How do weeds fit into the big picture of ecosystem development?

How do weeds fit into the big picture of ecosystem development?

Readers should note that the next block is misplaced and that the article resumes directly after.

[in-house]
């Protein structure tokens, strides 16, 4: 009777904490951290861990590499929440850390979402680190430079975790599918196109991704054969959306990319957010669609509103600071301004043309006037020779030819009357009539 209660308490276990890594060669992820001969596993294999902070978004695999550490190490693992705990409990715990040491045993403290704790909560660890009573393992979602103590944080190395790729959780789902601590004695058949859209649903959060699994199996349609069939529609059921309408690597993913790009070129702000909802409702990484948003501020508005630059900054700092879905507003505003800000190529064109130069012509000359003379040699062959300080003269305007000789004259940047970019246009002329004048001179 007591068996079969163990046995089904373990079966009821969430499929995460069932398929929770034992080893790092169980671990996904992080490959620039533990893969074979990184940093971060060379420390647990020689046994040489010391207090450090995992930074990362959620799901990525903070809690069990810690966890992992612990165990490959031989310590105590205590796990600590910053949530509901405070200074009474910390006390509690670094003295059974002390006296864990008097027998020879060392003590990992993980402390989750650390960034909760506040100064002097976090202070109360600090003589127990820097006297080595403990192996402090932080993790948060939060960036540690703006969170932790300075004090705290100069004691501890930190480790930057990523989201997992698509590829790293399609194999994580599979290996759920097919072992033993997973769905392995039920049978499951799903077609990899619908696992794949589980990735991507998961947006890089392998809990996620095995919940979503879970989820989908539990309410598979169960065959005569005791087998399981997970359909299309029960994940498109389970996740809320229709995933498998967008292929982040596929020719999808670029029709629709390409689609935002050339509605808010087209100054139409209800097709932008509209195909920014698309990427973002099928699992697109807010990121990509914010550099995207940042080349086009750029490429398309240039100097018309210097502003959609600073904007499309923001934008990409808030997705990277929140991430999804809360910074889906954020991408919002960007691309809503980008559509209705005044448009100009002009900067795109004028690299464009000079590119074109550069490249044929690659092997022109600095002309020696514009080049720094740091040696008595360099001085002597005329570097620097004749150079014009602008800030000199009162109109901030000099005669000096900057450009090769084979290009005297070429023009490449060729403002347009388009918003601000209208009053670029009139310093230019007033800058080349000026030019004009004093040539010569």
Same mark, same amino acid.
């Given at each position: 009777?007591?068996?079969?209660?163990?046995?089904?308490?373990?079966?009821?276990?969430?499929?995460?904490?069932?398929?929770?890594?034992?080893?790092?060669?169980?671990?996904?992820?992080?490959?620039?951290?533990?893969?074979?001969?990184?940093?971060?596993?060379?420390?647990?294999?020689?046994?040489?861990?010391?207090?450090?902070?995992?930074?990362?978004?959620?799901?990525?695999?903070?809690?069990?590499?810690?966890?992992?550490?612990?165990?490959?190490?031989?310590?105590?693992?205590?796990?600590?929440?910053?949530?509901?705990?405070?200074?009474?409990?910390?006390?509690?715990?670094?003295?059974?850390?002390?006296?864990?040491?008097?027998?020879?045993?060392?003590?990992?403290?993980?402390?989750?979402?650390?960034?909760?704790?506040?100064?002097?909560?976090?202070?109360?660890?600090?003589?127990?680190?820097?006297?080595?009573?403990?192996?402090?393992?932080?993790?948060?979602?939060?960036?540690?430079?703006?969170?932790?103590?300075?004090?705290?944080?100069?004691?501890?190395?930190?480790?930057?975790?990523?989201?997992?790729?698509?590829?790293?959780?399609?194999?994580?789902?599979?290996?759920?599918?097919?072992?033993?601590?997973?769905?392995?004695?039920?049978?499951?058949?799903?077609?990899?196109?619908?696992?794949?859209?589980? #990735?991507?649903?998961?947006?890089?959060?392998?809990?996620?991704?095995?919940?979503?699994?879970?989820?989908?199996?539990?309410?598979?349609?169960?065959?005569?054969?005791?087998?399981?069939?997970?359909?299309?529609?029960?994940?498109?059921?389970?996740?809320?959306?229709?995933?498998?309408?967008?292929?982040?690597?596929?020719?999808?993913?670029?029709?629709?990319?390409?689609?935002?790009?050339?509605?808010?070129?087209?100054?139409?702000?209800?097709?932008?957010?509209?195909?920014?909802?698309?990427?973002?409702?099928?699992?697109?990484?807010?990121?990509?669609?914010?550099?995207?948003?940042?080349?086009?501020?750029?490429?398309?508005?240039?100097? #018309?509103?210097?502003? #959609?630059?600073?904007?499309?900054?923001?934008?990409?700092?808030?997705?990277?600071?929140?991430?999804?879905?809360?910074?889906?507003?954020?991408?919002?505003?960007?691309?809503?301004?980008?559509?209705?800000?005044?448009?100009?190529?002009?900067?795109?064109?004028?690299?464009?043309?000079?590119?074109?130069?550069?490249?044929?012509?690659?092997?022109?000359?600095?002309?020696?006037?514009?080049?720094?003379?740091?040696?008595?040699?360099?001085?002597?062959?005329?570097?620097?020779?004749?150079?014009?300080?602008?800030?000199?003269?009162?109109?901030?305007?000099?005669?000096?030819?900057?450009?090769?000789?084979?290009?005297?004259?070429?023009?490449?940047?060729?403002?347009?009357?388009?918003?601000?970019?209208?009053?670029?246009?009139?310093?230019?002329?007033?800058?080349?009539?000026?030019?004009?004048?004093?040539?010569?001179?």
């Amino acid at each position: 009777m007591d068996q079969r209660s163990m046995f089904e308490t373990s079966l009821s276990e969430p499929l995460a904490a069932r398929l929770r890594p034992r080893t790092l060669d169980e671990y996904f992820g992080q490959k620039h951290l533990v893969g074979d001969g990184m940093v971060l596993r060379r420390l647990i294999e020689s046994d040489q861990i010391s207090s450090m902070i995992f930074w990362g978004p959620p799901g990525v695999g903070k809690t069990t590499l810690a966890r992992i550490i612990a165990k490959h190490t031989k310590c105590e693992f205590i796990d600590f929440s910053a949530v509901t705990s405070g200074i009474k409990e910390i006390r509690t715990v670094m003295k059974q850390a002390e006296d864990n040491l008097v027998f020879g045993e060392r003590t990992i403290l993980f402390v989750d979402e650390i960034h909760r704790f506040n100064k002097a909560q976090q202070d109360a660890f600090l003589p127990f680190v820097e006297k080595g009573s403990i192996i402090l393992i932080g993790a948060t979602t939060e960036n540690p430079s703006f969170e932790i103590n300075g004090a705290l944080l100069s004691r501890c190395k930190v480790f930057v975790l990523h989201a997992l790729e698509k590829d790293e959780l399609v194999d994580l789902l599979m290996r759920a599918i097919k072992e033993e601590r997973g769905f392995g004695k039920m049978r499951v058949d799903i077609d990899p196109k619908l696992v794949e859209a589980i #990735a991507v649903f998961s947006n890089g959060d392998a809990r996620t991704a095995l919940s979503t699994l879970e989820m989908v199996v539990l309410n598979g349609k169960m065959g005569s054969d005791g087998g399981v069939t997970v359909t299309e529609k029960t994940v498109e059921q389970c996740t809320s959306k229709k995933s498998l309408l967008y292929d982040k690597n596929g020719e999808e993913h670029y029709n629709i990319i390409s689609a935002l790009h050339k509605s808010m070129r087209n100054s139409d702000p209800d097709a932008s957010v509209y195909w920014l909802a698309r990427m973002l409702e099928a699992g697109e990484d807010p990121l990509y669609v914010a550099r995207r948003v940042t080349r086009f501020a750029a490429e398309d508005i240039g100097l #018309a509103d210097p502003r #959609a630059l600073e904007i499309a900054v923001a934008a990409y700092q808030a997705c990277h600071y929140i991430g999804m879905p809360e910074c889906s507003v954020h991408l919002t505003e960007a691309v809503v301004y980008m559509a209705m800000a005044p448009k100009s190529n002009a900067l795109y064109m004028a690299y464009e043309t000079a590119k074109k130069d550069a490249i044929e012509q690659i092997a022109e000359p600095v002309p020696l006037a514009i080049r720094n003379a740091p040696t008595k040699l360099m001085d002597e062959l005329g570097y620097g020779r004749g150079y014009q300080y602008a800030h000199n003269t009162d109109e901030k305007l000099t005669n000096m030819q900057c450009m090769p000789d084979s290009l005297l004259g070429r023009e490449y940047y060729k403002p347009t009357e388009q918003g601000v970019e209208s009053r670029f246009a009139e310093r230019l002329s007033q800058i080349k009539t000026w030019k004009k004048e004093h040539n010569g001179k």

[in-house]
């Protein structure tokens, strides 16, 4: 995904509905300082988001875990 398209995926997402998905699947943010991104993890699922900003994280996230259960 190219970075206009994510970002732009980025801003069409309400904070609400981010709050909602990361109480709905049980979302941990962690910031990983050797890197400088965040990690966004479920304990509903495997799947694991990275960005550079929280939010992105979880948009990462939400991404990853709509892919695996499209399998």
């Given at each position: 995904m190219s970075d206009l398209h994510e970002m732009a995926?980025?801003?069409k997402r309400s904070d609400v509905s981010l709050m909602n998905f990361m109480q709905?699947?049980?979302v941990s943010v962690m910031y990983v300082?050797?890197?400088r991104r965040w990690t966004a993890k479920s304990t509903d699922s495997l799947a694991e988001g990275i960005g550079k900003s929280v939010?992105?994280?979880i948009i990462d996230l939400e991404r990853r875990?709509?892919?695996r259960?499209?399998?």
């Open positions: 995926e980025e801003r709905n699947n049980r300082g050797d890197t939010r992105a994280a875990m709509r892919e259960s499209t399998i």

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    How do weeds fit into the big picture of ecosystem development? David Cooke Biosecurity SA, GPO Box 1671, Adelaide, SA 5001 Ecosystem development means succession - an ordered, directional process of vegetation development. Succession is driven by changes in the physical environment - development of the soil profile, changing hydrology and land forms. But these changes in turn are caused or modified by the action of plants and other living organisms Succession leads to a stabilised ecosystem, a community of plants and their associated organisms in equilibrium with its physical environment. And this climax ecosystem maximises biomass and information content (negentropy) per unit of available energy flow. Plant species occupy many different niches or roles in succession. They become established at various stages of the succession and may disappear at later stages as the structure of the plant community changes. There are various models for classifying the niches that species fill and the types of selection pressure that adapt them to these niches. Plant synecology began a century ago in North America with Frederic Clements who compared the development of a plant community to the sequence of stages in development of an individual organism - both are subject to a cycle of growth, maturity, and decay. He introduced the idea of a single climax community, the final state towards which vegetation succession in a given habitat converges. After a complete or partial disturbance, vegetation tends to grow back toward the mature climax state, which is the vegetation best suited to utilise these conditions. Odum (1969) made some generalisations about the trends that occur as a system develops from pioneer to climax stages and these have stood up pretty well ever since. Take his example of a mixed forest developing on srcinally bare ground. Nett production of organic material by photosynthesis peaks fairly early in succession, in this case while the forest still has several layers of foliage and before the tree canopy has severely reduced the light reaching the ground. It slowly declines almost to zero at the climax stage as respiration of the whole forest ecosystem increases until it almost balances the gross production. The accumulated biomass of the system l evels off more slowly but doesn’t decline because it includes all the organic material stored in trunks, roots and leaf litter. Succession leads to a climax state where maximum biomass is maintained per unit of available energy flow. Theory predicts that stability is maximised in the climax vegetation. The community then has a maximum inertia against gradual changes such as leaching of nutrients and climate cycles.  The ability of the vegetation to capture solar energy increases in the early stages of succession as it deploys more photosynthetic tissue. But the energy input from the incident sunlight is a fixed limit for a given habitat. Later as the volume of living material per unit area increases, the biomass supported by the limited unit energy flow (power) increases. In other words, the energy is being captured and used more fully. Food chains become longer as the number and diversity of species in the system increases. Succession leads to a climax state where maximum biomass and information content (or negentropy) are maintained per unit of available energy flow. Natural selection acts to maximise useful energy flow in a system: energy is taken in as sunlight and converted to chemical energy that is passed along the food chain and used to build structure. This useful energy flow can be quantified as Energy Rate Density, the efficiency of energy flow and use (Chaisson, 2010) This measures how much energy flows through a given mass in a given time, or how efficient is an ecosystem in harnessing energy inputs. Natural selection favours the systems best at obtaining the available energy, or tapping additional energy not already being captured, so enlarging the total energy flow. And these changes produce a more buffered and integrated system that is consequently more stable. The more complex a system becomes with more negative feedback loops between its component species, the more it resists external perturbations like fire, sudden increases in herbivore pressure or climatic variations. With increasing diversity a plant community includes species that can increase in response to grazing, and others that take over after a fire. Nutrient cycles become more closed with limiting nutrients such as phosphorus in heathlands being stored in individual plants and recycled more efficiently when these plants die and decay. In other words a developing plant community takes increasing control of its physical environment, stabilising it against random changes. The  r/K selection theory  was a simple classification or ordination on a single axis of traits that promote success in particular environments. The theory srcinates from MacArthur & Wilson (1967) who had animals in mind, primarily, but the same principle can be applied to plants or any other organisms. . limit K  slope r   % of carrying capacity  The terms r and K   come from the logistic curve of population growth - exponential at first in the log phase, then slowed down by density-dependent factors as the population approaches the carrying capacity of the habitat.  r   is the intrinsic rate of increase, the fastest the population can grow. K   is the carrying capacity or the limit that the environment places on population size. Of course this is a theoretical curve, a mathematical model; in the real world populations always overshoot, fall short, or oscillate around K  . r  -selection is the dominant selection pressure in unstable or unpredictable environments, as the ability to reproduce quickly is crucial, and there isn’t much advantage in adaptations that permit successful competition with other organisms, because the environment is likely to change again. Traits characteristic of r  -selection include: small size; short generation time, implying a simple life cycle and early maturity onset; high fecundity; ability to disperse progeny widely since a habitat may not stay suitable for long. In effect, it’s selection for rapid growth rates of individuals or populations. Organisms whose life history is subject to r-selection are often referred to as r-  strategists e.g. micro-organisms, through insects and annual weeds of cultivation. In stable or predictable environments  K  -selection predominates, as the ability to compete successfully for limited resources is crucial, and populations of K  -selected organisms typically are very constant and close to the maximum that the environment can bear. Characteristic traits favoured by K  -selection include: large size, long generation time and complex life cycles, slow population increase with heavy investment in each of fewer progeny; less adaptation for dispersal, needing to stay in one place where the habitat remains suitable. K  -selection might be called adaptation for more precise feedback control between a population and its environment. Dividing introduced or invasive species into r  -strategists and K  -strategists separates the obvious fast invaders from other introduced plants with slower lifecycles that may have greater impacts in the long run. It also gives some hints about how ecosystems develop through succession. From pioneer communities that are all r-selected, toward climax communities of K  -strategists. As the community becomes more complex, K-selected specialists dominate over r-selected generalists, and niches become narrower. Grime (2001) published a theoretical model of vegetation that went a long way further. This was a triangular ordination of a plant's ’ adaptation to three factors - disturbance, competition, and stress. On this model, succession progresses from species with a ruderal strategy to exploit disturbed sites, through stages characterised by competition in denser vegetation, to a climax community in equilibrium with the limiting stresses of the environment.  This can be useful in providing a more detailed analysis of the roles that various weeds can take in wild or cultivated vegetation systems. Taking a simplified view, plant species may be shaped mainly by just one of the three selection pressures: 1 Ruderals  are plants that occupy empty space, ground bared by disturbance, which is defined as any process that limits biomass by causing its destruction. Apart from soil movements like ploughing, fire, flood, mowing and grazing are also disturbances. Ruderals have a short life cycle; as pioneers with a precarious hold on their habitat, they have to start producing seeds early in their life cycle and continue while they live. They respond to stress by shortened life cycles - think of tiny annuals flowering in droughted paddocks. So they rapidly accumulate biomass, which they invest in seeds or other propagules rather than storing in underground tubers or rhizomes, and form seed banks in soil They have little investment in defence from herbivores (poisons, spines) or competition (perennation) because they have the space to themselves. They are often free-seeding, largish annual herbs like capeweed (Arctotheca calendula) , rampion mignonette ( Reseda phyteuma  ), turnip weeds ( Brassica   spp.), oats ( Avena   spp.). They evolved in natural habitats that were frequently disturbed like river floodplains and beaches, and they became the classic weeds of cultivation and bare ground - our annual field crops and their associated annual weeds both evolved from ruderals after humans invented agriculture. They have high invasiveness but not necessarily high impact as they may not persist for long. Onion weed ( Asphodelus fistulosus  ) and African daisy ( Senecio pterophorus  ) are spectacular colonists of cleared or denuded land but give way to more competitive perennials when these get established. 2 Competitors are adapted to hold their own in denser vegetation, by competing in growth to maximise their share of the energy that the system receives as sunlight. Competition is the tendency for neighbouring plants to compete for the same resources - quanta of light, ion of nutrient, molecule of water, volume of space. This becomes important in habitats where stress and disturbance are both low. Competitors grow in the denser vegetation that comes after the pioneer phase, so they must have high rates of growth, but are not necessarily short-lived. David Ashton, my ecology lecturer at Melbourne Uni, used to say that plant synecology might at a pinch be reduced to competition for the number one resource of incident light. That’s surely true at least for the wet sclerophyll and temperate rainforests of Victoria where he worked. Competitors have high rates of biomass accumulation and turnover, and incidentally, a high response to added fertilizer. They invest in producing a dense canopy of foliage rather than in high seed production.  Typical life forms include robust perennial herbs like, herbaceous climbers like bridal creeper ( Asparagus asparagoides  ), and fast-growing, shade-intolerant trees and shrubs like box elder ( Acer negundo  ), desert ash ( Fraxinus angustifolia  ) and tree-of-heaven ( Ailanthus altissima  ). Many problem weeds belong here, the ones that may take longer to colonise an area but are difficult to control once they’re there. Weeds with lower invasiveness but higher impacts, such as the deep-rooted perennials. 3 Stress-tolerators  Stress is defined as any external constraint limiting the rate of biomass production, and stress-tolerators have strategies to occupy niches defined by special limitations - low light intensity, low moisture, low nutrient levels. They are typically plants with a long life cycle and low investment in seed production which may only occur in favourable years. They invest heavily in defence against herbivores (by poisons, spines, or unpalatability) and environmental stresses (by sclerophylly and succulence, adaptations) with slow biomass accumulation and growth rates. Typical forms are large succulents like cacti; sclerophyll shrubs as dominate the heathlands; shade-dwelling perennials and trees as found in the understorey of rainforests; and large geophytes like Amaryllis belladonna  . Not many extreme stress-tolerators are recognised as weeds yet, but they include some slow invaders that may be problems in the future. Grime’s model is robust because it is an application to plant ecology of a much more general principle. The triangle is a useful model because it is n’t a static classification, but a diagram of a process. He showed that as succession occurs on a low nutrient site, the vegetation developing from a pioneer phase to the climax state, ruderals are replaced by stress tolerators. On sites with higher nutrient levels, there is a higher trajectory across the diagram with more plants showing competitor traits in the mid part of the succession.